Seeing Clearly To Think Clearly

Theresia Goeppner of Jasper held out two pencils, each with a column of letters on it, at different distances to work on accurate eye movements as development and behavioral optometrist Dr. Joan Bauernfiend observed in her office at the Vision Development Center in Jasper on May 22. Bauernfiend offers vision therapy, which instead of focusing solely on an individual’s clarity of eyesight also focuses on the individual’s ability to interpret information from the environment. An individual with a dysfunctional visual system in which the brain isn’t properly interpreting what the eye sees suffers from the amount of extra effort and energy it takes to get her visual system just to function. Bauernfiend works to help individuals correct the system and use their energy more efficiently.

Story by Claire Moorman
Photos by Dave Weatherwax

They seemed like simple enough tasks — reading a line of sheet music, taking a test at school, walking through the mall with friends — but they had the capacity to send Theresia Goeppner to the emergency room.

The Jasper High School senior, now a freshman at Vincennes University Jasper Campus, had nearly run out of options by the time she and her mother, Judy Heller, walked through the doors of Dr. Joan Bauernfiend’s office this past spring. Heller had spent the past several months taking her 18-year-old to family doctors, chiropractors and even cardiologists, all just to find out what was causing her frequent panic attacks and serious headaches.

“I actually took her into the hospital because she was having an anxiety attack,” Heller said. “She was a real mess.”

It wasn’t until Goeppner told the family doctor, Norma Kreilein, what she had been doing right before her most recent panic episode — trying and failing to comprehend the questions on a pop quiz at school — that the light bulb went off.

It was her vision.

And it wasn’t just any vision issue. Theresia had complained of blurry eyesight earlier in the year and optometrists had made small adjustments to her contacts prescription. She made sure to wash her hands before touching her eyes to avoid contaminating the lenses with oils. Nothing had helped, and the blurry eyesight symptoms eventually had given way to the larger health concerns.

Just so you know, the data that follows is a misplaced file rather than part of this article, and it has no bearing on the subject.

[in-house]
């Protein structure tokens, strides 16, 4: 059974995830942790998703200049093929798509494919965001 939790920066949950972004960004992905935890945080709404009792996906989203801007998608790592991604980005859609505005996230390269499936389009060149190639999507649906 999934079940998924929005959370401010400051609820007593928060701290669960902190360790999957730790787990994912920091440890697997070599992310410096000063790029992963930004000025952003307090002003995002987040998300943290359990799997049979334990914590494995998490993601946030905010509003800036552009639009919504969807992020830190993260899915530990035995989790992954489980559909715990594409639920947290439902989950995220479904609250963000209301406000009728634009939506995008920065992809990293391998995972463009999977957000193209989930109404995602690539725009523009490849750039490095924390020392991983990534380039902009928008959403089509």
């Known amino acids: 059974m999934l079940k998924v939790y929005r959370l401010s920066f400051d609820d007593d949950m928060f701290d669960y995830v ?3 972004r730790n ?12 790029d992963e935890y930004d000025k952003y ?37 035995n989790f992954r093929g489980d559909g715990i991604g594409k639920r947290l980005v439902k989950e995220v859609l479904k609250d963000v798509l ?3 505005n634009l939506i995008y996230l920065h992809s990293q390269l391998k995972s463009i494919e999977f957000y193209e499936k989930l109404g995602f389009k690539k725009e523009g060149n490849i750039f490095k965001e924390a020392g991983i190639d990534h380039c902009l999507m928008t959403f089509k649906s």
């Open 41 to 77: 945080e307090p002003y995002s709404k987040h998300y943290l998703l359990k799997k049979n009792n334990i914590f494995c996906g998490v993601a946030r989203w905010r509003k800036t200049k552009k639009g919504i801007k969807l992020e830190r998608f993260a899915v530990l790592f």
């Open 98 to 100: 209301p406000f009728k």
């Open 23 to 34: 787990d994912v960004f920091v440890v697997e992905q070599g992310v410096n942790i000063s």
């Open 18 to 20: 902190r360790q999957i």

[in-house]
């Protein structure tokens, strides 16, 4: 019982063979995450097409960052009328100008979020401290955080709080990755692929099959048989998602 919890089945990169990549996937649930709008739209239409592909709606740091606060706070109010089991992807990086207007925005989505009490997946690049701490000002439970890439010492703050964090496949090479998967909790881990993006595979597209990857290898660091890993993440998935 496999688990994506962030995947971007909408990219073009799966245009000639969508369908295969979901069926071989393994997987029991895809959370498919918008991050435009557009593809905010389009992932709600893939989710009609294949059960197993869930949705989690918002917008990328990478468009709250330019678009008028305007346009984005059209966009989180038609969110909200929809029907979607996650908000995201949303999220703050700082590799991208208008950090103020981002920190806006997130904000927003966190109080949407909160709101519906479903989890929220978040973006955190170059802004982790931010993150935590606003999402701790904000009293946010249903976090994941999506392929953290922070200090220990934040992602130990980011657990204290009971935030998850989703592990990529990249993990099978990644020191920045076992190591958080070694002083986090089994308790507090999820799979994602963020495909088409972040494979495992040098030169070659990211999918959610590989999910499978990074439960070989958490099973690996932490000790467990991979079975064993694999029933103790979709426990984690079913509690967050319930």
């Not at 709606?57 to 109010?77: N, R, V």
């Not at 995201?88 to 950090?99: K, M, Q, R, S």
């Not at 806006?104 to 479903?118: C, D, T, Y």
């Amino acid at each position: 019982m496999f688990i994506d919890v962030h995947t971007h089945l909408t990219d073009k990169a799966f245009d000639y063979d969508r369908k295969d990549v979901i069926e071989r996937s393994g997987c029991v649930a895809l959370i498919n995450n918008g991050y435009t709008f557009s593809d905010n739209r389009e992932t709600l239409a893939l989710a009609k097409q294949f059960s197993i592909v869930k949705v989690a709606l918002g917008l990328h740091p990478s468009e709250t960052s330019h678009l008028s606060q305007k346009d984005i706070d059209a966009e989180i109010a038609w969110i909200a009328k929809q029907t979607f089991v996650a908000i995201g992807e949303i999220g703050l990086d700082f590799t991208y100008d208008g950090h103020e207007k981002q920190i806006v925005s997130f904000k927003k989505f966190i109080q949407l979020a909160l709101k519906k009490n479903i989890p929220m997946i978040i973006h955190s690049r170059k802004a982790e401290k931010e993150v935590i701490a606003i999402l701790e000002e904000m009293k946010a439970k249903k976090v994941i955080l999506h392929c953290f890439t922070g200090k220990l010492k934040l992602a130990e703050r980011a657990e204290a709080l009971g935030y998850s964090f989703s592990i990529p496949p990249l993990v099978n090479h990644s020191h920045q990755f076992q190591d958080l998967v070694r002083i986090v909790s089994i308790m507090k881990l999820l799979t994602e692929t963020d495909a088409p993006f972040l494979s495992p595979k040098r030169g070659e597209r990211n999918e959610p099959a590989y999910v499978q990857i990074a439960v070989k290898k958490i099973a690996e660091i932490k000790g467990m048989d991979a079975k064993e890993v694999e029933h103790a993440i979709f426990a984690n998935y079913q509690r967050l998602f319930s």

Now, Theresia and her family had at least the beginning of an answer. It seemed as if she had an ineffective visual system that was the likely culprit behind her lifelong struggle with reading comprehension.

While participating in Jasper High School marching band, Theresia often noticed that her eyes would move and blink a lot as she tried to focus on the notes on her sheet music. This often would cause her to tire quickly and even feel dizzy. Then a senior, Theresia rubbed around her temple as she tried to play with the band May 14.

“I noticed back in middle school that she didn’t comprehend like she should, so I would read out loud to her and then she would read out loud,” Heller said. “If she hears it, she can process it, but she can’t do it with her eyes.”

Kreilein referred the family to Bauernfiend, a 31-year-old doctor specializing in a field that many in the area don’t yet know about. She has been working in the Gunderson Eyecare office since September 2009 after a yearlong residency at Nova Southeastern University in Fort Lauderdale, Fla.

The Southridge High School graduate, formerly Joan Harpenau, knew right away she wanted to work in optometry, but it wasn’t until she began studying for her undergraduate degree at Indiana University in Bloomington that she truly found her passion for the relatively unknown field of vision therapy. It was one young patient she treated during school who gave her the final push.